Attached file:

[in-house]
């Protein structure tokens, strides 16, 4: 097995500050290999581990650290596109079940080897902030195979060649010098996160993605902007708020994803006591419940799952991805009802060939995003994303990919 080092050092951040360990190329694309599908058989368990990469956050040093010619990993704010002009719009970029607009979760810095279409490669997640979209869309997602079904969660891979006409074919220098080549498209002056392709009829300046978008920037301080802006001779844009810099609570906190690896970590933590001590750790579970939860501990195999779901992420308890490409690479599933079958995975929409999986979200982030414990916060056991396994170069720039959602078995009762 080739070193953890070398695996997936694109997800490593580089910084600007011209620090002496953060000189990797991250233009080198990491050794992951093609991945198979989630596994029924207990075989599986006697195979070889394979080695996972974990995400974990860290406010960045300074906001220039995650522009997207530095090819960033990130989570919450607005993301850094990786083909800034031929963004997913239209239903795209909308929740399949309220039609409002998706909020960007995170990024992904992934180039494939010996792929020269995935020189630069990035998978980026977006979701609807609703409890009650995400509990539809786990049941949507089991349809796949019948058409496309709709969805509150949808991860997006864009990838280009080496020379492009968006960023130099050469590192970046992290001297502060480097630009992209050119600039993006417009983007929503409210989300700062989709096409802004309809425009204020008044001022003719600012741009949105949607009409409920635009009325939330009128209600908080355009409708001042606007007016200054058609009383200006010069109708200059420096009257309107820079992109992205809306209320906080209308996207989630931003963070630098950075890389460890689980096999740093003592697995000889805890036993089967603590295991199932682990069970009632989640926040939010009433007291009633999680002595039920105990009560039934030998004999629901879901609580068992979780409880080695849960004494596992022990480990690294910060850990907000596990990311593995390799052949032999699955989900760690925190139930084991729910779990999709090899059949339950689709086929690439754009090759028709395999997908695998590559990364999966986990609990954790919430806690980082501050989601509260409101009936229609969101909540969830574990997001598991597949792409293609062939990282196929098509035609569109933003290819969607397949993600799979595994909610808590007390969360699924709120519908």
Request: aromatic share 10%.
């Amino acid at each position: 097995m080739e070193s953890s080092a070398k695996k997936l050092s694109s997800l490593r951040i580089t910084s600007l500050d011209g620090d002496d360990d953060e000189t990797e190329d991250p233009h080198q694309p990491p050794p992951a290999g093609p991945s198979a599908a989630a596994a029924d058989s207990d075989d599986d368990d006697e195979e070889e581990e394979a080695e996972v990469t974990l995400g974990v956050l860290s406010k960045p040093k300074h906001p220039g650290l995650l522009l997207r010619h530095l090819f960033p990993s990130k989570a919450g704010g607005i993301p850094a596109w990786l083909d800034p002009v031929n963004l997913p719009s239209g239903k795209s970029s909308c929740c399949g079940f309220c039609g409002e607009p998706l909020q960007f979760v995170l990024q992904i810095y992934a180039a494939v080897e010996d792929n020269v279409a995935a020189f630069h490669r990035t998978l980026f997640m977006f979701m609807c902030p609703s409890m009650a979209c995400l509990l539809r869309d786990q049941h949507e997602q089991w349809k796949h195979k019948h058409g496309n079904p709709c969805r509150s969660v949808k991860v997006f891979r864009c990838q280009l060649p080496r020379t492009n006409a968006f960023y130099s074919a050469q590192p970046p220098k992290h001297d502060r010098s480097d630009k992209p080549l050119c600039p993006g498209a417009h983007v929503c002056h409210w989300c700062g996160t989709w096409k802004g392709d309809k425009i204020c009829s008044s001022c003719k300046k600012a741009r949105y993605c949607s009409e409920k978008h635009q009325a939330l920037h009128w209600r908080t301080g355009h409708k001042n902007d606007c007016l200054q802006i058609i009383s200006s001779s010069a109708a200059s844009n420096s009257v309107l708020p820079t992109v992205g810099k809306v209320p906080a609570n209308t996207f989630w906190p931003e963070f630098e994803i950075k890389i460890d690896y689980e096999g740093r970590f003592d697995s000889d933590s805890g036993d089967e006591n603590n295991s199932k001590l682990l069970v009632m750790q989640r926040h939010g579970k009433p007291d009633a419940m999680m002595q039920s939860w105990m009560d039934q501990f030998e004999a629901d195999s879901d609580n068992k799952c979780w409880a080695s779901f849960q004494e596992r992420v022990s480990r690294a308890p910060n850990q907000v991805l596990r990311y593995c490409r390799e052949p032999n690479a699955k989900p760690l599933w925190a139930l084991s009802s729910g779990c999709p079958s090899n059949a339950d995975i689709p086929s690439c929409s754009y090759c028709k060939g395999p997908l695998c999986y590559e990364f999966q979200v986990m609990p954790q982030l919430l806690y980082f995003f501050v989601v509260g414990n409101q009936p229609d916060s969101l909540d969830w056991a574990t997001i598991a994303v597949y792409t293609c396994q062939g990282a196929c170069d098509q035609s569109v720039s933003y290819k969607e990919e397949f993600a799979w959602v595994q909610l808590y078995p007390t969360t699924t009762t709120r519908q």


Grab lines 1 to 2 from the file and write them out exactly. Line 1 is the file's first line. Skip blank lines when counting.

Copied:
[in-house]
């Protein structure tokens, strides 16, 4: 097995500050290999581990650290596109079940080897902030195979060649010098996160993605902007708020994803006591419940799952991805009802060939995003994303990919 080092050092951040360990190329694309599908058989368990990469956050040093010619990993704010002009719009970029607009979760810095279409490669997640979209869309997602079904969660891979006409074919220098080549498209002056392709009829300046978008920037301080802006001779844009810099609570906190690896970590933590001590750790579970939860501990195999779901992420308890490409690479599933079958995975929409999986979200982030414990916060056991396994170069720039959602078995009762 080739070193953890070398695996997936694109997800490593580089910084600007011209620090002496953060000189990797991250233009080198990491050794992951093609991945198979989630596994029924207990075989599986006697195979070889394979080695996972974990995400974990860290406010960045300074906001220039995650522009997207530095090819960033990130989570919450607005993301850094990786083909800034031929963004997913239209239903795209909308929740399949309220039609409002998706909020960007995170990024992904992934180039494939010996792929020269995935020189630069990035998978980026977006979701609807609703409890009650995400509990539809786990049941949507089991349809796949019948058409496309709709969805509150949808991860997006864009990838280009080496020379492009968006960023130099050469590192970046992290001297502060480097630009992209050119600039993006417009983007929503409210989300700062989709096409802004309809425009204020008044001022003719600012741009949105949607009409409920635009009325939330009128209600908080355009409708001042606007007016200054058609009383200006010069109708200059420096009257309107820079992109992205809306209320906080209308996207989630931003963070630098950075890389460890689980096999740093003592697995000889805890036993089967603590295991199932682990069970009632989640926040939010009433007291009633999680002595039920105990009560039934030998004999629901879901609580068992979780409880080695849960004494596992022990480990690294910060850990907000596990990311593995390799052949032999699955989900760690925190139930084991729910779990999709090899059949339950689709086929690439754009090759028709395999997908695998590559990364999966986990609990954790919430806690980082501050989601509260409101009936229609969101909540969830574990997001598991597949792409293609062939990282196929098509035609569109933003290819969607397949993600799979595994909610808590007390969360699924709120519908």